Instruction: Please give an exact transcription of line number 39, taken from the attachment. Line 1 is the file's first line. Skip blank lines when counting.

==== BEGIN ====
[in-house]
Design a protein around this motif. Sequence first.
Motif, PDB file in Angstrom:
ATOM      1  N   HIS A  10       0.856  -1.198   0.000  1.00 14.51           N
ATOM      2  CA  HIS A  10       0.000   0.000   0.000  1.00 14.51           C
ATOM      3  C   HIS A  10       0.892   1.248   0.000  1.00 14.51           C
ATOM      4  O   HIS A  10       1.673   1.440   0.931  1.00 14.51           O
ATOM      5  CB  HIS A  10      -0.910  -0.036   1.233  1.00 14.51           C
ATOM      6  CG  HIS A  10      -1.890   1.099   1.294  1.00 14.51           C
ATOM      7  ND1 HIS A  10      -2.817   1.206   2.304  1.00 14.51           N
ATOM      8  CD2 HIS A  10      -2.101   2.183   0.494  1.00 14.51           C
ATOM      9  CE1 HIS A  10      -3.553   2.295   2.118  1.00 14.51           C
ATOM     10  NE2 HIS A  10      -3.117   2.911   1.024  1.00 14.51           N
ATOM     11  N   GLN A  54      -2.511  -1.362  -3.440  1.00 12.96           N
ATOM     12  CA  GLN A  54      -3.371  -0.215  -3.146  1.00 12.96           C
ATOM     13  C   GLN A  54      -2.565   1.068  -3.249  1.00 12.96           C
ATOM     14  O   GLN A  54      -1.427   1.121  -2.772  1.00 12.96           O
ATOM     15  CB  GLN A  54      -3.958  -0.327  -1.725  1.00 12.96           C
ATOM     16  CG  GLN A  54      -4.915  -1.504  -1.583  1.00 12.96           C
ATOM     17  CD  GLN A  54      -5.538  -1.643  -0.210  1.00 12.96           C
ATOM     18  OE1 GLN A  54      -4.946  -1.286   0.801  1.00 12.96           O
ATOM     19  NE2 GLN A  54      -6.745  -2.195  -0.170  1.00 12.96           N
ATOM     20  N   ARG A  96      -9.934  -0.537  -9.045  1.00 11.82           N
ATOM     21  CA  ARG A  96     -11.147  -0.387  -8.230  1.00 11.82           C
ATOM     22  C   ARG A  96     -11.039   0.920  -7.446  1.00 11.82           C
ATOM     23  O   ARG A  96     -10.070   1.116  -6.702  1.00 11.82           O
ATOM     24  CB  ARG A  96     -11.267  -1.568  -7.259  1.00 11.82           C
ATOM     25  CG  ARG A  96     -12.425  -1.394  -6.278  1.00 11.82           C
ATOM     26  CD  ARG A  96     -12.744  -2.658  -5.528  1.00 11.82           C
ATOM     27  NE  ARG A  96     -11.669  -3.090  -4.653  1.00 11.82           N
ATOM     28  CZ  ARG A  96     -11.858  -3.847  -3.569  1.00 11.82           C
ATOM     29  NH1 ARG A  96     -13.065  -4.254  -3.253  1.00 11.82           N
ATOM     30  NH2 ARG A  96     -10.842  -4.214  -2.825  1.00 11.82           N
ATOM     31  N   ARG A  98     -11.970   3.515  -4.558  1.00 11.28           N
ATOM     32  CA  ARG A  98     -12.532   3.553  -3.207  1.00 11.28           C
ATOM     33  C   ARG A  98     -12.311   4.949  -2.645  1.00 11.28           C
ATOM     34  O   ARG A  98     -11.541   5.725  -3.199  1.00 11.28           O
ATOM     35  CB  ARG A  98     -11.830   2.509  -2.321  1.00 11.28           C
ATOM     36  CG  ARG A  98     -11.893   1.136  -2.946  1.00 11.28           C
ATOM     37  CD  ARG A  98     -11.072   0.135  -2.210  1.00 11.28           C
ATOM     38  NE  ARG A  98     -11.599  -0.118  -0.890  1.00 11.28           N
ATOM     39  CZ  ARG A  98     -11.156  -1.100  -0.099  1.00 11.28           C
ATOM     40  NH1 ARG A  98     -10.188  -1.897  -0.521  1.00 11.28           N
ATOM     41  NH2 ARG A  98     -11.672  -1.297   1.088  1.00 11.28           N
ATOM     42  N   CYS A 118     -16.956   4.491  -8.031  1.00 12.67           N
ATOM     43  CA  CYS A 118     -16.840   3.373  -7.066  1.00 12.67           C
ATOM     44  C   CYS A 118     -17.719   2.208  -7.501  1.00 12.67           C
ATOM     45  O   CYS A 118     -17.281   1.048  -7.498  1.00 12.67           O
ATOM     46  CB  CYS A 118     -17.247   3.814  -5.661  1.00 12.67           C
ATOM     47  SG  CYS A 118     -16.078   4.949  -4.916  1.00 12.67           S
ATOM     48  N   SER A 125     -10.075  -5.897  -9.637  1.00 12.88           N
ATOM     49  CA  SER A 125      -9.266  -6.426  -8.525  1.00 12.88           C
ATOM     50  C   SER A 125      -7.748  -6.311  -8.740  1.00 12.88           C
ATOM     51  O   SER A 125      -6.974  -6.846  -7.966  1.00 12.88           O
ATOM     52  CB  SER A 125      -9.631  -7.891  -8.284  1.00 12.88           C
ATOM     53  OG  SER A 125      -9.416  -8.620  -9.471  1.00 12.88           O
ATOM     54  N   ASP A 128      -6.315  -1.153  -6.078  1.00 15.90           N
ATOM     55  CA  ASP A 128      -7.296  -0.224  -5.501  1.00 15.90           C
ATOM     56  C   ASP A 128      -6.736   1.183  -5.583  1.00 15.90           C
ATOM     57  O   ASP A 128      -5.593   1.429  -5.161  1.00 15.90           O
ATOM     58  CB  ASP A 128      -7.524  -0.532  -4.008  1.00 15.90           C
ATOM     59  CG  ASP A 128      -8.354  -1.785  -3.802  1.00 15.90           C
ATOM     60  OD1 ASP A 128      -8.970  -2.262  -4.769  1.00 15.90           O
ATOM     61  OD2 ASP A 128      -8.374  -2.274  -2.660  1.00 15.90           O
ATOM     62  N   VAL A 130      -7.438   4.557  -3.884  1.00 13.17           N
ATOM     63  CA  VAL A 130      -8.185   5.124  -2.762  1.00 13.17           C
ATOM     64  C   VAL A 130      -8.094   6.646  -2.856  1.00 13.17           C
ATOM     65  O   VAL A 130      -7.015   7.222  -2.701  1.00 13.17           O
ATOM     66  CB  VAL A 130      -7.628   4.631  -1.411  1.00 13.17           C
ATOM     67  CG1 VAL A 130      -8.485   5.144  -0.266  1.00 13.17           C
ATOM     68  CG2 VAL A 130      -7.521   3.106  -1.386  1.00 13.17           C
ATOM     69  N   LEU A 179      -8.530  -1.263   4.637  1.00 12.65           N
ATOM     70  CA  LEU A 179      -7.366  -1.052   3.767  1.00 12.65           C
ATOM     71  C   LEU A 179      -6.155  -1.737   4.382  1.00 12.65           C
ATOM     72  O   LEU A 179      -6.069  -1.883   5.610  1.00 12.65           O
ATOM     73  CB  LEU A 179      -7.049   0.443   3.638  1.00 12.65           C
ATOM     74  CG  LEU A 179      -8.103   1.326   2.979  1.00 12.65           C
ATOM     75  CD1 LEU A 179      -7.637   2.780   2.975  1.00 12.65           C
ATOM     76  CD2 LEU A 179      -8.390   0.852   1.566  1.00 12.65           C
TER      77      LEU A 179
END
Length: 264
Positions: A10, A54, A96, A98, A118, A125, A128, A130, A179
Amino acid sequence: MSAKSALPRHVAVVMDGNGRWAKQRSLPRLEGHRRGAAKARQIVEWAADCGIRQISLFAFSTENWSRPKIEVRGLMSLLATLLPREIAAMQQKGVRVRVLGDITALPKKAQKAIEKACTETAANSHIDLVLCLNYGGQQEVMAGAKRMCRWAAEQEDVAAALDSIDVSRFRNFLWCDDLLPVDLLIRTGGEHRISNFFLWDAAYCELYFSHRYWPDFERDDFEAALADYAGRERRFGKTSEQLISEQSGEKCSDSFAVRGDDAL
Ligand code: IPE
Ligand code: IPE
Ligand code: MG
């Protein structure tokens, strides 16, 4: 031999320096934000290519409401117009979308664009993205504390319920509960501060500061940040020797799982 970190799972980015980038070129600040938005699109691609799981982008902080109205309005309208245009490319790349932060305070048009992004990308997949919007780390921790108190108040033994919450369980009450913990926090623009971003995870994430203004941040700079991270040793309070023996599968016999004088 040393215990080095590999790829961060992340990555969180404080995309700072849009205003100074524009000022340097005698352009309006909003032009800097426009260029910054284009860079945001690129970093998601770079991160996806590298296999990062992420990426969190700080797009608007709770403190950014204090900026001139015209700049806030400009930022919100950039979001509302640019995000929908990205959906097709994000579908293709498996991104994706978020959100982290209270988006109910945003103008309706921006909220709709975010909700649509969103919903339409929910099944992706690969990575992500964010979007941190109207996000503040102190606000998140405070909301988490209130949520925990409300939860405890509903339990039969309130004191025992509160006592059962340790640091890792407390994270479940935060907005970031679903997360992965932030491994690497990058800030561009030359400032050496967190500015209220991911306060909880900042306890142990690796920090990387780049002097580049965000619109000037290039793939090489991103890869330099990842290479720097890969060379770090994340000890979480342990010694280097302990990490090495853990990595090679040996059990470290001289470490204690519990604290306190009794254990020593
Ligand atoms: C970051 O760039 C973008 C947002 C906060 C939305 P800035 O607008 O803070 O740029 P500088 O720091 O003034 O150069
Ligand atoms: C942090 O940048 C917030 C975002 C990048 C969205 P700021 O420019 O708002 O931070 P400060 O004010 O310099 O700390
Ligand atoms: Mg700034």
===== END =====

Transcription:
ATOM     36  CG  ARG A  98     -11.893   1.136  -2.946  1.00 11.28           C